Gripping Agrippina from Joyce DiDonato and Il Pomo d’Oro

United KingdomUnited Kingdom Handel, Agrippina (concert performance): Soloists, Il Pomo d’Oro / Maxim Emelyanychev (director/harpsichord). Barbican Hall, London, 31.5.2019. (CSa)

Cast of Agrippina (c) Richard Young

Agrippina – Joyce DiDonato
Poppea – Elsa Benoit
Ottone – Xavier Sabata
Nerone – Franco Fagioli
Claudio – Luca Pisaroni
Pallante – Andrea Mastroni
Narcisco- Carlo Vistoli
Lesbo – Biagio Pizzuti

Director/harpsichord – Maxim Emelyanychev

This sparkling concert performance of Handel’s early opera Agrippina at London’s Barbican Centre featured a stellar cast of singers and an ensemble of period instrumentalists – Il Pomo d’Oro – under director Maxim Emelyanychev. The timing of this remarkable event could not have been more propitious. As a brutal leadership campaign to replace an ousted Tory Prime Minister plays out, and a controversial state visit to London by a US President seeking re-election back home draws to a close, Handel’s take on ancient Roman intrigue and political treachery has an uncannily topical resonance.

Written between 1706 and 1710 during his travels in Italy, Handel based his opera on a bitingly satirical text specifically written for him by Venetian Cardinal and diplomat Vincenzo Grimani. It tells the story of the Empress Agrippina’s manipulations to help Nero (Nerone), her son from a previous marriage, to ascend the imperial throne. The vacancy was triggered by a shipwreck and the presumed drowning of her husband Claudius (Claudio). When Claudio makes an unexpected return, a complex and tangled web of deceit is unleashed: darkly comic for the most part, but with moments of great compassion, too. These elements are brilliantly expressed in Handel’s music, which responds to every nuance in Grimani’s clever libretto and draws out the dark humour and humanity within. Despite the fact that no director was credited for this performance, and no props were used, the intuition, interaction and skill of performers and musicians ensured that pantomime comedy, delicious irony and high drama were fully realised, and that the pace never slackened.

Scheming Agrippina (the magnificent American mezzo Joyce DiDonato) swept onto the platform with imperial authority, rarely resorting to score or lectern. For the most part, her spectacles were pointed threateningly at her perceived adversaries, or flicked playfully at the band to pause in the music, or as if to grant them permission to play on. DiDonato is one of, if not the greatest mezzo soprano singing today. She has the rarest beauty of tone, and an exceptional range and flexibility of voice. She has another precious gift – the ability to switch quickly and convincingly from cynical comedienne to tragedienne. The great aria ‘Pensieri voi mi tormentarti’ for instance, in which Agrippina, in Act II, calls on the Gods for help with her treacherous enterprise to promote her son, was delivered with spine-chilling intensity: DiDonato’s voluptuously rich voice intertwining perfectly with a sinuous oboe obbligato.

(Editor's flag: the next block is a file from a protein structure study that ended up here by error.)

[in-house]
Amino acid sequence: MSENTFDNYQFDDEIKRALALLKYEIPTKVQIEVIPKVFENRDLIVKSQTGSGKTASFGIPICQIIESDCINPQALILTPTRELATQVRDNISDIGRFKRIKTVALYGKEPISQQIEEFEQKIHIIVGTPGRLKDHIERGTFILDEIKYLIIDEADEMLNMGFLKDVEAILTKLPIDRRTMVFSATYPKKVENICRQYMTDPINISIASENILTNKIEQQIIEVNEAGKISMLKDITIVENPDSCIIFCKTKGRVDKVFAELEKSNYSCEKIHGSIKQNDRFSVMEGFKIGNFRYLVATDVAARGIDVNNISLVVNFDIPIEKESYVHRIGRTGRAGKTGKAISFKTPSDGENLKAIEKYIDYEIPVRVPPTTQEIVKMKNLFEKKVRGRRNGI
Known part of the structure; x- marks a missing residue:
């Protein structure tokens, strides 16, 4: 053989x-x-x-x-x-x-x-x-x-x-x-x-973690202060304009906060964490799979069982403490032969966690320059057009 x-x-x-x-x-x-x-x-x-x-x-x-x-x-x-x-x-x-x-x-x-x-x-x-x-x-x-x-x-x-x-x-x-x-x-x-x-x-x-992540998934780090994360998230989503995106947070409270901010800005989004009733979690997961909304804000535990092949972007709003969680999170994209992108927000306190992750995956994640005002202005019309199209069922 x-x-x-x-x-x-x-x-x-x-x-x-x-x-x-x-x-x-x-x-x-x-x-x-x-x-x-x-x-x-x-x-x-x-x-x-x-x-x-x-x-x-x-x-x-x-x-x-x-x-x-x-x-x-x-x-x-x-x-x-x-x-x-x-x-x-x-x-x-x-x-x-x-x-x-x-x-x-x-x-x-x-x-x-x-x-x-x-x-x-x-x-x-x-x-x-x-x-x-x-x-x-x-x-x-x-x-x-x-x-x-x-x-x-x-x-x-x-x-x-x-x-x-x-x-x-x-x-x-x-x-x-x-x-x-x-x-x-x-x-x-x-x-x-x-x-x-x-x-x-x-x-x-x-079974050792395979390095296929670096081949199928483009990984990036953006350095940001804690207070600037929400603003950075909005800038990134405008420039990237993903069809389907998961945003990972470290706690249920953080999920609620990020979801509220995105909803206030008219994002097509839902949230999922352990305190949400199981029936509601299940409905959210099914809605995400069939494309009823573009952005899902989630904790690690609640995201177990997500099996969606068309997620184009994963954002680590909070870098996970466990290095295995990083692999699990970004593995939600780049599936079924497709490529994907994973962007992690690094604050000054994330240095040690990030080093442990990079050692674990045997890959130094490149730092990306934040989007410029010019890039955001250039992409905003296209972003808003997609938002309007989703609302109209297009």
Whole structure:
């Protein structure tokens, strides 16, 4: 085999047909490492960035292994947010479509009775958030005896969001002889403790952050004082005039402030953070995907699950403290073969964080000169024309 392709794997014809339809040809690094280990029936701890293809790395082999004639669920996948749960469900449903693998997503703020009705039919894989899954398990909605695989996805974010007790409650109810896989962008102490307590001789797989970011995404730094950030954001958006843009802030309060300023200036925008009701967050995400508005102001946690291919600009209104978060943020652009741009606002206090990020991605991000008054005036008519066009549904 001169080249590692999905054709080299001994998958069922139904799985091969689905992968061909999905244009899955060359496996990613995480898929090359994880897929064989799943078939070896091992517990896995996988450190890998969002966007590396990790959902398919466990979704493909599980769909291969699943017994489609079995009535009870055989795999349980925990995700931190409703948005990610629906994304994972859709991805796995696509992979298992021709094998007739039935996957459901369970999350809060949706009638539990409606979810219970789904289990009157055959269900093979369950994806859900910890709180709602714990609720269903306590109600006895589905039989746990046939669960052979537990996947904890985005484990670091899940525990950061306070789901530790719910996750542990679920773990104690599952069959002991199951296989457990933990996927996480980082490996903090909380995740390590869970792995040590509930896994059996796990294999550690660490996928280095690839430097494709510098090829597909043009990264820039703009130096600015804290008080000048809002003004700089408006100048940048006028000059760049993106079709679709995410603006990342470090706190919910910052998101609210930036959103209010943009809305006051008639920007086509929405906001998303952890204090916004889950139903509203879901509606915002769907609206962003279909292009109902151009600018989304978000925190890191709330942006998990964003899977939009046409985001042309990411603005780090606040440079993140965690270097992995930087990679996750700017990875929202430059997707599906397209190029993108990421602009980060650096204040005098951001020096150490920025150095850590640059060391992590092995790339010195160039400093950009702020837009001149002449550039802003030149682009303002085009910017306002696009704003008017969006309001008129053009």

Maternal ambition for one’s child may be a good thing in moderation but, as Franco Fagioli’s cringing, cowering, and decidedly creepy Nerone demonstrated, an overdose can result in real problems in later life. Attired in a maroon velvet jacket and sparkling red shoes, Nerone was played as a high camp pantomime villain, but with what might also be described as ‘something of the night’ about him. There is no doubt that Fagioli, billed as ‘the leading virtuoso countertenor of our time’, is justly known for his unassailable technique. His high-speed coloratura runs were simply breath-taking – delivered with the rapidity and accuracy of machine gun fire. One small cavil: Fagioli decided on a rather acerbic timbre of voice with which to characterise the future Caesar. This added considerably to the overall comic effect, but deprived us of the renowned beauty of his voice.

The charismatic bass- baritone Luca Pisaroni made a rather rigid but essentially stable Claudio – a necessary foil to his obsessive wife and hysterical stepson. Pisaroni’s richly hued and versatile voice gave us a meltingly seductive ‘Vieni, o cara’, and an appropriately outraged ‘Cade il mondo soggiogato’.

Countertenor Xavier Sabata convinced as Claudio’s loyal general Ottone, for whom true love was more important than ascending to the imperial throne. In another of Handel’s wonderful duets for voice and oboe, ‘Voi che udite mio lamento’, Sabata sang with heart-breaking sweetness of tone.
The object of Ottone’s passion is the coquettish Poppea was wonderfully portrayed by French soprano Elsa Benoit. She sang with bell-like purity and precision, particularly when reunited with Ottone in the aria ‘Bel piacere e godere fido amor’.

These fine singers were not the only stars on stage: 30-year old Maxim Emelyanychev directed his 21 talented players from the harpsichord with almost electric intensity, resulting in a masterclass in Baroque playing.

Chris Sallon

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